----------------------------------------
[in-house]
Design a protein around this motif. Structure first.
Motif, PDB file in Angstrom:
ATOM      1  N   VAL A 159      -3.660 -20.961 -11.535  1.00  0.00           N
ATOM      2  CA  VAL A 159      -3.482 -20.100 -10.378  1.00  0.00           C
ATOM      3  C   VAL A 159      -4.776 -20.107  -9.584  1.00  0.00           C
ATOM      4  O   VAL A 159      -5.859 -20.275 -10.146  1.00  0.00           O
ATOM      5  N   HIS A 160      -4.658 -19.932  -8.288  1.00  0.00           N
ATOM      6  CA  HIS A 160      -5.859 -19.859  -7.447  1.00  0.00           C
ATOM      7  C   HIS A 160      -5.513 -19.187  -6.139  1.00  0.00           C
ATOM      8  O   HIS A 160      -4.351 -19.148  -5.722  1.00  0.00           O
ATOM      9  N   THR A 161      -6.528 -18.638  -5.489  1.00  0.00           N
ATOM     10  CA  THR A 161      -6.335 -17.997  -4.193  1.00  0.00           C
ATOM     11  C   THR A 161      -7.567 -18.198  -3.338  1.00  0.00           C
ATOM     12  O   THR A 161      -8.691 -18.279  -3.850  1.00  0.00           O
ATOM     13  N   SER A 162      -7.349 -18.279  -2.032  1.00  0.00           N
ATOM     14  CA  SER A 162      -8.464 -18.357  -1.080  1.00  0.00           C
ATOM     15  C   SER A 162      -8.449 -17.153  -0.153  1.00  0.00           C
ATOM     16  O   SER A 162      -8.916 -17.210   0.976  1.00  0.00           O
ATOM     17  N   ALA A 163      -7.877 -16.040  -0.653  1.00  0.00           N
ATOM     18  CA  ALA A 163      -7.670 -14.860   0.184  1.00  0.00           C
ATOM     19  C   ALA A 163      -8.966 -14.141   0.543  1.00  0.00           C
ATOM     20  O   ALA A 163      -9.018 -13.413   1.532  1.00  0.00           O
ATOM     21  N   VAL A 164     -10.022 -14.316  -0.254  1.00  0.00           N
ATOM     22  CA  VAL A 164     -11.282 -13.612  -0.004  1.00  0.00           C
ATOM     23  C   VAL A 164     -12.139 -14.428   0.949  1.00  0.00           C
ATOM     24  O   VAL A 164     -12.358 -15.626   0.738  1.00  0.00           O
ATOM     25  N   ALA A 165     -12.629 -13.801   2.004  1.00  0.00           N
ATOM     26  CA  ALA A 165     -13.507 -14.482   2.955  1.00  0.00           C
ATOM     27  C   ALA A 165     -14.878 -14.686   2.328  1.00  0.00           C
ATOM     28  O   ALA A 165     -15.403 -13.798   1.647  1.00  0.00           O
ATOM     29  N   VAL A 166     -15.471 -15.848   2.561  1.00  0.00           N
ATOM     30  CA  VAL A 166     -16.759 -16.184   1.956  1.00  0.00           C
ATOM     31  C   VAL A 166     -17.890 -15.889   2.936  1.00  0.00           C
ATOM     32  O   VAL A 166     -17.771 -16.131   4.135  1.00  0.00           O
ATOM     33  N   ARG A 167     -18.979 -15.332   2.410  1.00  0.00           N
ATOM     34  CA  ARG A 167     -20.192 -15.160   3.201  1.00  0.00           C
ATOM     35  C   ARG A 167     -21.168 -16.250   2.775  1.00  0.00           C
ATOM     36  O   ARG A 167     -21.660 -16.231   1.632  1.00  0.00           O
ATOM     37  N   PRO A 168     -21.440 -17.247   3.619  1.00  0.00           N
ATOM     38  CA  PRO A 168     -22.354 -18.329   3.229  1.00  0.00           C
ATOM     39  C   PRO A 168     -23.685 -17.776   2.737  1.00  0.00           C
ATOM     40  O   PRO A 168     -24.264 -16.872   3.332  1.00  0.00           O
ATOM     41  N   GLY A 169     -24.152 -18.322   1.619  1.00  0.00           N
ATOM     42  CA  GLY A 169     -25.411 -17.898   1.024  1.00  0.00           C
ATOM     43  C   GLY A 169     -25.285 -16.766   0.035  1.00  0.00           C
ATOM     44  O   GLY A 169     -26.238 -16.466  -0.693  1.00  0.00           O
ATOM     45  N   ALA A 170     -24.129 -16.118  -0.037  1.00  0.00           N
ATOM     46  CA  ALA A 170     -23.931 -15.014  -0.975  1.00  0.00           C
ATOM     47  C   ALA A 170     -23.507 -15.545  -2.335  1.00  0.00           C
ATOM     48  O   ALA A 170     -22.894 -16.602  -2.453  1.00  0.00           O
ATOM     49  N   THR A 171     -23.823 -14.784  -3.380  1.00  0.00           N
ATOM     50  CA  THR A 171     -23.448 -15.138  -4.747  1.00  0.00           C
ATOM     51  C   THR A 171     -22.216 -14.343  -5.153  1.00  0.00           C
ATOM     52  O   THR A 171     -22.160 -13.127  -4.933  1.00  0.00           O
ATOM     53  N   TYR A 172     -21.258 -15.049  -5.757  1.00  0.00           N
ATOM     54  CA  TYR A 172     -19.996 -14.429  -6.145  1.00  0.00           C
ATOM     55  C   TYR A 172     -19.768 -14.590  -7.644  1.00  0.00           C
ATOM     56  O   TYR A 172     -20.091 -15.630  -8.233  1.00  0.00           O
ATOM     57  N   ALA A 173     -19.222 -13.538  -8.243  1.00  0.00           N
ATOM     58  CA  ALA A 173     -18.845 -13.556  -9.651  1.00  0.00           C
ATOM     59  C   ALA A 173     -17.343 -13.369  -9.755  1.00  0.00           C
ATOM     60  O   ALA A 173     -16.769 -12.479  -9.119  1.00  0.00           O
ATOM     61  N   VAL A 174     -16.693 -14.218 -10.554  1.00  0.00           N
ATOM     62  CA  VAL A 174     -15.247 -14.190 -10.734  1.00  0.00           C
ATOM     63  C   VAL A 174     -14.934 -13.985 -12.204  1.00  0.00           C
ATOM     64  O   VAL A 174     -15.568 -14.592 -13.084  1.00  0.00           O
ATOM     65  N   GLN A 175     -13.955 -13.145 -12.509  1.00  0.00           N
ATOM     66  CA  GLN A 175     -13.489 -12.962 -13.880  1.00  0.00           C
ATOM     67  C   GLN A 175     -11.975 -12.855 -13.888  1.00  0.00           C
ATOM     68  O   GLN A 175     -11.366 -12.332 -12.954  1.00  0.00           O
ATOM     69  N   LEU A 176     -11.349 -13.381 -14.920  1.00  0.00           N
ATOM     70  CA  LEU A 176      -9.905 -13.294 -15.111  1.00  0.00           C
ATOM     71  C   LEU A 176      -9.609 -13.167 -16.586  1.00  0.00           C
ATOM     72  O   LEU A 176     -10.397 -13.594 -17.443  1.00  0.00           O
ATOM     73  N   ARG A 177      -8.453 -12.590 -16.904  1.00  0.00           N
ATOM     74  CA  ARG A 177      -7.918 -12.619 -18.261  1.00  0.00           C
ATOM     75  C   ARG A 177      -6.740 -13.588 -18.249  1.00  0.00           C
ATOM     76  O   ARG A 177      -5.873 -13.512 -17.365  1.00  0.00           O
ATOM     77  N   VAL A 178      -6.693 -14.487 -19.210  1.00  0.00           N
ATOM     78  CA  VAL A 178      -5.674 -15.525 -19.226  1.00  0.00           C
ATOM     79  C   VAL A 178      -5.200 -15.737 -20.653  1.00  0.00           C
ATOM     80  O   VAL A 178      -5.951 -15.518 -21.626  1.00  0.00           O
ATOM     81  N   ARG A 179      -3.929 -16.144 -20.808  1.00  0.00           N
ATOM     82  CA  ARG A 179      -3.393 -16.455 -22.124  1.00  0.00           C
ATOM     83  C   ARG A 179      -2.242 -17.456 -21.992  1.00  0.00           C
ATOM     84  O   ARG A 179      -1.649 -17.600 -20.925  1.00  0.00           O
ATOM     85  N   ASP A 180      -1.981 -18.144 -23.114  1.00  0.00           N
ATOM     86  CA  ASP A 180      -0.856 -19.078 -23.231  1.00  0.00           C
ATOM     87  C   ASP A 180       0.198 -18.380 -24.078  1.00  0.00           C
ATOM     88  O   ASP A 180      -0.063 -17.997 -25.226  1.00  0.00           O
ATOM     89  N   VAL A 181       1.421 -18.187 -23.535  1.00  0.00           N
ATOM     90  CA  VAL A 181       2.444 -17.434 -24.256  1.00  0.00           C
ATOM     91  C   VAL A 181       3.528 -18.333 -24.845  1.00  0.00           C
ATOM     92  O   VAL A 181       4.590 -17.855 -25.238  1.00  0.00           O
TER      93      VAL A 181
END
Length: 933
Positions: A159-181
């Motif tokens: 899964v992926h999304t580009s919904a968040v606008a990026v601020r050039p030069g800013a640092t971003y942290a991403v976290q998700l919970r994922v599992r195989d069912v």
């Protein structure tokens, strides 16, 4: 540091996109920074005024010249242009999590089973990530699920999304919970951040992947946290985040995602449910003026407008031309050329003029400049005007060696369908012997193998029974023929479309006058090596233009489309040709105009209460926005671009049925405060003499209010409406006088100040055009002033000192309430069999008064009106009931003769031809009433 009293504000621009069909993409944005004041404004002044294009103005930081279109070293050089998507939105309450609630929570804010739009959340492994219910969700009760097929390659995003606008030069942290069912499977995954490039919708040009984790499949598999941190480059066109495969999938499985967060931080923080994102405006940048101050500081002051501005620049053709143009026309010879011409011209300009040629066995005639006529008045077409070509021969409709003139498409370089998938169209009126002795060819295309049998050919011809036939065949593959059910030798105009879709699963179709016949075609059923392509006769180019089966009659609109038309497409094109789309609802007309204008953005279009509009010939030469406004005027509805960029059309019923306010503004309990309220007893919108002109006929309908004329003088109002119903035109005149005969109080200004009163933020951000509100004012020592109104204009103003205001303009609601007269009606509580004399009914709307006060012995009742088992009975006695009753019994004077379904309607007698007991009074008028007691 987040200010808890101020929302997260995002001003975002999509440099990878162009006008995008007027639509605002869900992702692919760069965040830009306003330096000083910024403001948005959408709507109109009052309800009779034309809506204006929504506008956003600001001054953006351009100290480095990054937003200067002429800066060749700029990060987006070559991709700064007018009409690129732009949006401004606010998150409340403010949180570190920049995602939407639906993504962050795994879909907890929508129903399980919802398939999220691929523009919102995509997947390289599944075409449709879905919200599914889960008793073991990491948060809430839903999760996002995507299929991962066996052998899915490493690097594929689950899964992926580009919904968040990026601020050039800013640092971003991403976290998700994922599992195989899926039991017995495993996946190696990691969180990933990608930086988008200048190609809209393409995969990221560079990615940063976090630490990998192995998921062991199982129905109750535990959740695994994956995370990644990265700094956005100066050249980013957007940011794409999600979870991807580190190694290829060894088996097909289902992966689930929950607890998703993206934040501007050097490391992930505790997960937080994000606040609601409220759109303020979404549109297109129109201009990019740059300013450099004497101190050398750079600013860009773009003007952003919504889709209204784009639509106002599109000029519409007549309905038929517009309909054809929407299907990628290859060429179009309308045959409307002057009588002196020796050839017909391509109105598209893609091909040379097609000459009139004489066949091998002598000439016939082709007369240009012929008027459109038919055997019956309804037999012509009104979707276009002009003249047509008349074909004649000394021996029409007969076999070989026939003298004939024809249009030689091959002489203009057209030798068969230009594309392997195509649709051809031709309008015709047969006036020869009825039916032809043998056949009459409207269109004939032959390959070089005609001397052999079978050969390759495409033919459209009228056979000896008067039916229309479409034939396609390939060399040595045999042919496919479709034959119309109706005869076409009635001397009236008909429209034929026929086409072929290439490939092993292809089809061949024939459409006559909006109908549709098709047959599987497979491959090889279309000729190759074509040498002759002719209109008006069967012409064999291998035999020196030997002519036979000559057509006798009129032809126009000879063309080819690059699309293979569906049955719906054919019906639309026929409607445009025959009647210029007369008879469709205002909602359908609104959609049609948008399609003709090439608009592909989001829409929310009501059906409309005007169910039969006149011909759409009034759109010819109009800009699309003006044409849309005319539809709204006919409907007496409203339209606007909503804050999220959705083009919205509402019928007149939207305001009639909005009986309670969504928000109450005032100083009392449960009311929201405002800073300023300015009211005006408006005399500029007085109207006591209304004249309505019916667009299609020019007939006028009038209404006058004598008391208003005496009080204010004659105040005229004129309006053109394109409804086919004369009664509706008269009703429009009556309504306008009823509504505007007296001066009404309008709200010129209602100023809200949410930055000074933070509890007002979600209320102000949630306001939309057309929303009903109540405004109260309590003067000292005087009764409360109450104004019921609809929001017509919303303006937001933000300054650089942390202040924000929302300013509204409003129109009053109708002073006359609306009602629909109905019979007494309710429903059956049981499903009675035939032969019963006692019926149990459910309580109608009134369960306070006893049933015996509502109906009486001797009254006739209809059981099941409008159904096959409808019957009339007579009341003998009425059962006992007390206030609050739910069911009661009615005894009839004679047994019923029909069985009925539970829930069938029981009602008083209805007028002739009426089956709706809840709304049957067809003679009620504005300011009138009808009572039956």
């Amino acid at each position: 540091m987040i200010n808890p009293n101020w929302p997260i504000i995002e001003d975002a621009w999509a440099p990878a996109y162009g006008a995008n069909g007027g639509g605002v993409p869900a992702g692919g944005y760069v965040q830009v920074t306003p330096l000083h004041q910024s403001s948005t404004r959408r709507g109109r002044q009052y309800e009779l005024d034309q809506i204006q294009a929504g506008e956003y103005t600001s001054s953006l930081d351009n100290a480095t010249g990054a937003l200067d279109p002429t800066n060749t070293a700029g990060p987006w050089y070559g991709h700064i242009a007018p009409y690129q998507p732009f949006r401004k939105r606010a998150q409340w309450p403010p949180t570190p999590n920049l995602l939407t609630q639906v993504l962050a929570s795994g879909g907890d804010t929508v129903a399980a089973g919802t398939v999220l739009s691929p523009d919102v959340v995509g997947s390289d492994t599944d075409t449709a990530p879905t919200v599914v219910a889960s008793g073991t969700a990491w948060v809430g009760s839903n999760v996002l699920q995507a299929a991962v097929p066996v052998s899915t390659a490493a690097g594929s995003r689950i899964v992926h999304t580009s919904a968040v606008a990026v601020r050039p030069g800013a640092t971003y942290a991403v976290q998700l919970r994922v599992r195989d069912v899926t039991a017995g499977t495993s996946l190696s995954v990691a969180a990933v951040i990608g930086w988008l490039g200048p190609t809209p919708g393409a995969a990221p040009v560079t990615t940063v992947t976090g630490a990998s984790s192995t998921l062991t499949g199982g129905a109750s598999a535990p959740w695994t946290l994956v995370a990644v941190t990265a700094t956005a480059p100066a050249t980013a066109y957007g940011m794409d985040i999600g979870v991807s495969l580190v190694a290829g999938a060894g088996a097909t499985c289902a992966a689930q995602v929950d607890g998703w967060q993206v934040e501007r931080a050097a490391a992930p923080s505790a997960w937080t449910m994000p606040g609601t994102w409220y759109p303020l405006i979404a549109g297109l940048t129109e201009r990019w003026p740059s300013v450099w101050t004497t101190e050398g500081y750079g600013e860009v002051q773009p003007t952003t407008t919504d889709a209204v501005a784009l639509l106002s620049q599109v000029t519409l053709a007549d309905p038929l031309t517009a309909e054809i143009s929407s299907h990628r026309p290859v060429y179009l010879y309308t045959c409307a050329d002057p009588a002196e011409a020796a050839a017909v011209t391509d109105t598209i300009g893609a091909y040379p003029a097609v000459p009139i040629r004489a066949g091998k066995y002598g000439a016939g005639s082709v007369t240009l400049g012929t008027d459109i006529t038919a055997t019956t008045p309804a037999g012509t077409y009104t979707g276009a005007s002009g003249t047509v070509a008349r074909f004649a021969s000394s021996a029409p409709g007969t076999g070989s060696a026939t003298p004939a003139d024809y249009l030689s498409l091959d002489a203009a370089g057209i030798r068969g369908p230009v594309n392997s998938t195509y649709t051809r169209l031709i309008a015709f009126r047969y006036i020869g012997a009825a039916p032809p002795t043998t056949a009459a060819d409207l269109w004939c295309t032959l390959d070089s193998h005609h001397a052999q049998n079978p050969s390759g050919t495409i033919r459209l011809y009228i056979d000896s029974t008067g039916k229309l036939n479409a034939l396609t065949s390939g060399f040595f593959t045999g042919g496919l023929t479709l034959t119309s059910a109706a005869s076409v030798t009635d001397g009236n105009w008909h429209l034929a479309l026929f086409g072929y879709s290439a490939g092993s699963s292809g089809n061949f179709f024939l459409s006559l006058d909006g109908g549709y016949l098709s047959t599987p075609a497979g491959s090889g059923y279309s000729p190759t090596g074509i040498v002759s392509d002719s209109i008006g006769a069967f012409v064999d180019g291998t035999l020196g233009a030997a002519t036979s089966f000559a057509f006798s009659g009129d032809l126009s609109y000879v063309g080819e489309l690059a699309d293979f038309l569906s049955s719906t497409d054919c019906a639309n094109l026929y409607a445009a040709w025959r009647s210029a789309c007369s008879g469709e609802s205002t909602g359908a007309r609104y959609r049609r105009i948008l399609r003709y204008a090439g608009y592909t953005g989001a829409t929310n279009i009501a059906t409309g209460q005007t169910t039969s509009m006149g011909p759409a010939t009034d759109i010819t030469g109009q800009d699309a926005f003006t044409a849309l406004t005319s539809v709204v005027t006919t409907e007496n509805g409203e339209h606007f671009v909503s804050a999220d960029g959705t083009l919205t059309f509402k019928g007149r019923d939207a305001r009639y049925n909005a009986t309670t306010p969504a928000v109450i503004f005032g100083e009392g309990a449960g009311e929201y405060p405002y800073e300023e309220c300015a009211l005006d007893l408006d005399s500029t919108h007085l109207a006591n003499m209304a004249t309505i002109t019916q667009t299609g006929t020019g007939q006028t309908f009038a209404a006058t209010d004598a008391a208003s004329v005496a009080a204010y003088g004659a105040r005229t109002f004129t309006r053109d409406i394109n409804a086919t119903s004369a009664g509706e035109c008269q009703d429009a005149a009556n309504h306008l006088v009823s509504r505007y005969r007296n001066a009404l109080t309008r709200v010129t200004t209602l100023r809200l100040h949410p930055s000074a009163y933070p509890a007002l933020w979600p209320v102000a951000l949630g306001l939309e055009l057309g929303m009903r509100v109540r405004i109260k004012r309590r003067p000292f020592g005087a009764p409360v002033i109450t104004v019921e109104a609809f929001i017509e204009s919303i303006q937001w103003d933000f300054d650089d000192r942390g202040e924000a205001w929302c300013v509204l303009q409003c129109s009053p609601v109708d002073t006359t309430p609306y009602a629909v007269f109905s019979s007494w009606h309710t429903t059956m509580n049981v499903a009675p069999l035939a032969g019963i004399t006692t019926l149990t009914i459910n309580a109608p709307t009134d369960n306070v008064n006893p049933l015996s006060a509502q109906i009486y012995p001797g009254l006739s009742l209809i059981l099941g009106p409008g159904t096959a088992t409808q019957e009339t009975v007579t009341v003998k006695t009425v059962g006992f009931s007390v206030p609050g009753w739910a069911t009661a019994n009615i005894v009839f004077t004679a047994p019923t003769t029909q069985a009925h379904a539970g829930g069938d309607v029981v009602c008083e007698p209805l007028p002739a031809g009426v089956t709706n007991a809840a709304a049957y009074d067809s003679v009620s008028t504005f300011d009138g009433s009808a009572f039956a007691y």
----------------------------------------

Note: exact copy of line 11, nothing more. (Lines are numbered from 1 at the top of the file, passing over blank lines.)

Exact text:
ATOM      8  O   HIS A 160      -4.351 -19.148  -5.722  1.00  0.00           O